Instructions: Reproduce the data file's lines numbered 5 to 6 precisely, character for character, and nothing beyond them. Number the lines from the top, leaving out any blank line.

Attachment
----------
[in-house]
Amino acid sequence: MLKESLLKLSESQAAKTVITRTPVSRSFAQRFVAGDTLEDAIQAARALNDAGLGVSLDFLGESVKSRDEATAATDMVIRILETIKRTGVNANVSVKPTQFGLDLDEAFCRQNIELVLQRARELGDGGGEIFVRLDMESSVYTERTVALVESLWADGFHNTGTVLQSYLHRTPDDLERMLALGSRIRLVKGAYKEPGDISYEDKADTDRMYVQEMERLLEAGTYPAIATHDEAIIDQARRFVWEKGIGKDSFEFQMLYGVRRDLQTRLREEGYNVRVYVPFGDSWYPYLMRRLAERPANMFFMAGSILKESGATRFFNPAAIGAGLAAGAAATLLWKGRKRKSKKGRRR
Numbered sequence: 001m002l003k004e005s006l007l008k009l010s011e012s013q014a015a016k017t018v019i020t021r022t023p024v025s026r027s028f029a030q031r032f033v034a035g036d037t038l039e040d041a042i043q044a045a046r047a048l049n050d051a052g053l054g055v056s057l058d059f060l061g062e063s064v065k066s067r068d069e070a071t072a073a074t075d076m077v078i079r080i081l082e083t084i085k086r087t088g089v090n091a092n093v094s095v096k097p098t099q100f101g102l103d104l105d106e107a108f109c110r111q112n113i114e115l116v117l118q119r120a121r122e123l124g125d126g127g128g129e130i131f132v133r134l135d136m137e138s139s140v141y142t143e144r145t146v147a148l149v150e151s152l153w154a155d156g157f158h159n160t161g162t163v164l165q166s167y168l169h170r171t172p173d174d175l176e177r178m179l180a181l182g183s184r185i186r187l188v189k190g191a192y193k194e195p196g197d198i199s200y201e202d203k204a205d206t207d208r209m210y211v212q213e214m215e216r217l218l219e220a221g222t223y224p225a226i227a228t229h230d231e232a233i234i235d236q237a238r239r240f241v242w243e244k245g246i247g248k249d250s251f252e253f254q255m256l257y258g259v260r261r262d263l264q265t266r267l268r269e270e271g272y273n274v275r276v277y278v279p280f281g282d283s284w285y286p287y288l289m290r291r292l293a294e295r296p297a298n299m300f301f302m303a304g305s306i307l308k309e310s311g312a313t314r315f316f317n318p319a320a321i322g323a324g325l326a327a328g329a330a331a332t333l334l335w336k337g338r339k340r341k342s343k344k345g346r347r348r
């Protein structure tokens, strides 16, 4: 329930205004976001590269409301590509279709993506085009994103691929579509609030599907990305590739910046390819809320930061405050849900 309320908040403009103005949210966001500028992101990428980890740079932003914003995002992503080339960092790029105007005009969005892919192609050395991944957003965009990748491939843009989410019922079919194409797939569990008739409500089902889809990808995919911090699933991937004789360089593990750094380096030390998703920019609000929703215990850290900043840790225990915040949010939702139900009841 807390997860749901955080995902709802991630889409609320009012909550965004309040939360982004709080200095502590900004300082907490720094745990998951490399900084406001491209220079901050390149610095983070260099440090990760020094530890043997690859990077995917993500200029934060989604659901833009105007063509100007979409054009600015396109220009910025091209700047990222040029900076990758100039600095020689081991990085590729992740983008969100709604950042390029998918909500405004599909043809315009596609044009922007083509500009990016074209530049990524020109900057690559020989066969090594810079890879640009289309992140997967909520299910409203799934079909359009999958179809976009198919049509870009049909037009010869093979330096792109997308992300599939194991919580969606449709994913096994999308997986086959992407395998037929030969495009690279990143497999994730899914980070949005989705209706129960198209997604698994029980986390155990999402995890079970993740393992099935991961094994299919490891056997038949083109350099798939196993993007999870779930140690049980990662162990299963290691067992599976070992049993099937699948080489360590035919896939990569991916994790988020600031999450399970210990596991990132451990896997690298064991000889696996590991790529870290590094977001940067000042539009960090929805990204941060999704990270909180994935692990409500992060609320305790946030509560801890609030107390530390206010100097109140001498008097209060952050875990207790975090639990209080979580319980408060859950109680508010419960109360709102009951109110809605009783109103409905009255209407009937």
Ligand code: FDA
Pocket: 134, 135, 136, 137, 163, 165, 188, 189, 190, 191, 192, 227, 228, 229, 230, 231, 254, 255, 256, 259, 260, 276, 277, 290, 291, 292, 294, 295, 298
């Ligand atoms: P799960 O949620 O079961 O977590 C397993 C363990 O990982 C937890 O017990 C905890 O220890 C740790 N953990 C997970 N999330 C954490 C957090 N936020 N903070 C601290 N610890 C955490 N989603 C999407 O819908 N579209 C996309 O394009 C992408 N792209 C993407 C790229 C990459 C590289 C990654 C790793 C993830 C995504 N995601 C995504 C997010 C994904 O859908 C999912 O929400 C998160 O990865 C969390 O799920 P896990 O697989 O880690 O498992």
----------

Ligand code: FDA
Pocket: 134, 135, 136, 137, 163, 165, 188, 189, 190, 191, 192, 227, 228, 229, 230, 231, 254, 255, 256, 259, 260, 276, 277, 290, 291, 292, 294, 295, 298